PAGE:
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June 14, 2012
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Like all dogs, Chow Chows require a diet that contains proteins from animal and vegetable sources. These proteins contain 10 essential amino acids that dogs cannot produce on their own, according to the National Research Council of the National Academies. While chows require normal protein levels in their diets, a high-protein diet may not be the correct choice for this breed, depending on the weight, age and health of the individual dog. It is best to consult your dog's veterinarian before putting the dog on a high-protein diet.
Chow chows are relatively inactive dogs, needing only moderate amounts of exercise in the form of a few walks per day. These medium-sized dogs generally weigh between 45 and 70 pounds. Based on their size and relatively low activity levels, chow chows generally need between 989 and 1,272 calories per day, with a minimum of 10 percent of their diet consisting of protein, according to the National Research Council of the National Academies.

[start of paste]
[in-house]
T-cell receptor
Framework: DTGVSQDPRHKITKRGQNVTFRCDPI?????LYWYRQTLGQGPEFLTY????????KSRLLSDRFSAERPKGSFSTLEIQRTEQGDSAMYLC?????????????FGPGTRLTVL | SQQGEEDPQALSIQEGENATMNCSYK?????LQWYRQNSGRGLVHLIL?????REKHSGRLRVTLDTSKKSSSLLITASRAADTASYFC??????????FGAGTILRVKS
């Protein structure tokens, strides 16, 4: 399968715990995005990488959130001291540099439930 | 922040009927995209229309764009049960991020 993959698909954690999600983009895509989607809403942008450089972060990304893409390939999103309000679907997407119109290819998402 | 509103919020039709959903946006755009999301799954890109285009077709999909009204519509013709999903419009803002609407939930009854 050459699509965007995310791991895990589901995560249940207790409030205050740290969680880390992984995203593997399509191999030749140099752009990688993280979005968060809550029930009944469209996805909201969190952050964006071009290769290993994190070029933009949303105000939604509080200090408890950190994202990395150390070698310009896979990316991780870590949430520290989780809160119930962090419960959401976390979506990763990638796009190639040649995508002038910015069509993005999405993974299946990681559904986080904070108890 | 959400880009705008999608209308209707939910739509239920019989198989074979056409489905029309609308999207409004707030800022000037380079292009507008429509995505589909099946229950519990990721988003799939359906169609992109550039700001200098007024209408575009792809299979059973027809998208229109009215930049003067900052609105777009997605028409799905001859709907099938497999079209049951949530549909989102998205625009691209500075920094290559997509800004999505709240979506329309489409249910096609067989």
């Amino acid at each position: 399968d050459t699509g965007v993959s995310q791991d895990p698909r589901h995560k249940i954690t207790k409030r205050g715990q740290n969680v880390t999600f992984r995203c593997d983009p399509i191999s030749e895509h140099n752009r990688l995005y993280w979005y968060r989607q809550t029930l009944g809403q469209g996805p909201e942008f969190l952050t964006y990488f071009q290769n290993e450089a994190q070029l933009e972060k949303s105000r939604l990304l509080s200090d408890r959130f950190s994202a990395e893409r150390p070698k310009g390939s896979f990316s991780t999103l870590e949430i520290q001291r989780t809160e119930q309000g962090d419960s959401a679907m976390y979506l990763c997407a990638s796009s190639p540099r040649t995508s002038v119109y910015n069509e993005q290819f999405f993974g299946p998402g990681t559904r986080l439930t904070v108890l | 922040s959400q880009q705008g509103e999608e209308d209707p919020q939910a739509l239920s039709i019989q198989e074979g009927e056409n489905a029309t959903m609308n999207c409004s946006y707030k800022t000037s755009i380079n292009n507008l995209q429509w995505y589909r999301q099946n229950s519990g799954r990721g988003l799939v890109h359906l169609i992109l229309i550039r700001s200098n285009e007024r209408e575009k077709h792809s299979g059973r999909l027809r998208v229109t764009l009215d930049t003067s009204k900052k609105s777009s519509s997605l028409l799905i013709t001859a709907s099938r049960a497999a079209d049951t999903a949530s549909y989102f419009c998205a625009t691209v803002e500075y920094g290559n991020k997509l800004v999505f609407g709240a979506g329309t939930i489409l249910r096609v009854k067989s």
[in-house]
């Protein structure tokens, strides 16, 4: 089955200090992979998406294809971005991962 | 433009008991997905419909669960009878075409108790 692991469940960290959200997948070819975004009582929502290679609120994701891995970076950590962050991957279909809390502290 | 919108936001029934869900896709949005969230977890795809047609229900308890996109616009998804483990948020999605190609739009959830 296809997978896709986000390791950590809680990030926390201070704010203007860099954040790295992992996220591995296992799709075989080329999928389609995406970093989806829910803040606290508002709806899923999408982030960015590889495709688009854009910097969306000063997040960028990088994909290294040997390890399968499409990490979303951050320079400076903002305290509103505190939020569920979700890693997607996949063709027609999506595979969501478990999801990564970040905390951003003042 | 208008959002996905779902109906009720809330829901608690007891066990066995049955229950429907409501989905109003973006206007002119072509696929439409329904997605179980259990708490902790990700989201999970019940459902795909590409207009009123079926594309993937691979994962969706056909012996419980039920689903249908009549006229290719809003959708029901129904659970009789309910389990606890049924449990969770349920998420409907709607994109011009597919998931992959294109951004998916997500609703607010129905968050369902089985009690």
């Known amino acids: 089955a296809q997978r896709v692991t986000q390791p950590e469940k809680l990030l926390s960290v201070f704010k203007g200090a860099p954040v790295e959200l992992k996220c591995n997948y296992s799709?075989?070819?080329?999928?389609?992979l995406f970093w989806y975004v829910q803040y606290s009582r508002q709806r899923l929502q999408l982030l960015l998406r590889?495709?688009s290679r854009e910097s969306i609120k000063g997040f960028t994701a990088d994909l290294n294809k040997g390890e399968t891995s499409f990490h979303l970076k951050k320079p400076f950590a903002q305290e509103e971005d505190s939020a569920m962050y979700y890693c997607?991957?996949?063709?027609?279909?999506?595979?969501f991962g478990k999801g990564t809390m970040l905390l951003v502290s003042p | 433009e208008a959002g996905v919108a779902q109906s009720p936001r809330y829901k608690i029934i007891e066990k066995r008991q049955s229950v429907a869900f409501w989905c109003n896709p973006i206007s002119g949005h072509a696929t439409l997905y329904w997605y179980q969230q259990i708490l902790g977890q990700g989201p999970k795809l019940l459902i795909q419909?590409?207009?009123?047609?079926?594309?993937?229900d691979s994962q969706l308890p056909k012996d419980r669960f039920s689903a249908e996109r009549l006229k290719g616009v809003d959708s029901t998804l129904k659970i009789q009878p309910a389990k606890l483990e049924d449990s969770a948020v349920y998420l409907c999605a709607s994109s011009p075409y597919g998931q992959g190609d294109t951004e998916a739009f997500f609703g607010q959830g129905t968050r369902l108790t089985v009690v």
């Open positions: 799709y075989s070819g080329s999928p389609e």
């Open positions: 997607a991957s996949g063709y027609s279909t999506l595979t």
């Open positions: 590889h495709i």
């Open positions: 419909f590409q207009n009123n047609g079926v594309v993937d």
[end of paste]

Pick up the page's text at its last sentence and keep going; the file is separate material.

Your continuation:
Adult dogs should receive a diet consisting of a minimum of 18 percent protein, while puppies need a higher protein diet that contains at least 22 percent protein, according to food trials performed by the Association of American Feed Control Officials and reported by the U.S. Food and Drug Administration . A female chow chow nursing her offspring requires the same amount of protein in her diet as her growing puppies do. While higher protein diets, containing up to 30 percent protein, help extremely active dogs develop muscle strength, most chow chows are low-activity dogs. Higher protein diets won't benefit such dogs unless your dog is nursing or less than 1 year old. In general, homemade diets with greater than about 45 percent digestible protein are not recommended for healthy dogs at any age, including chow chows.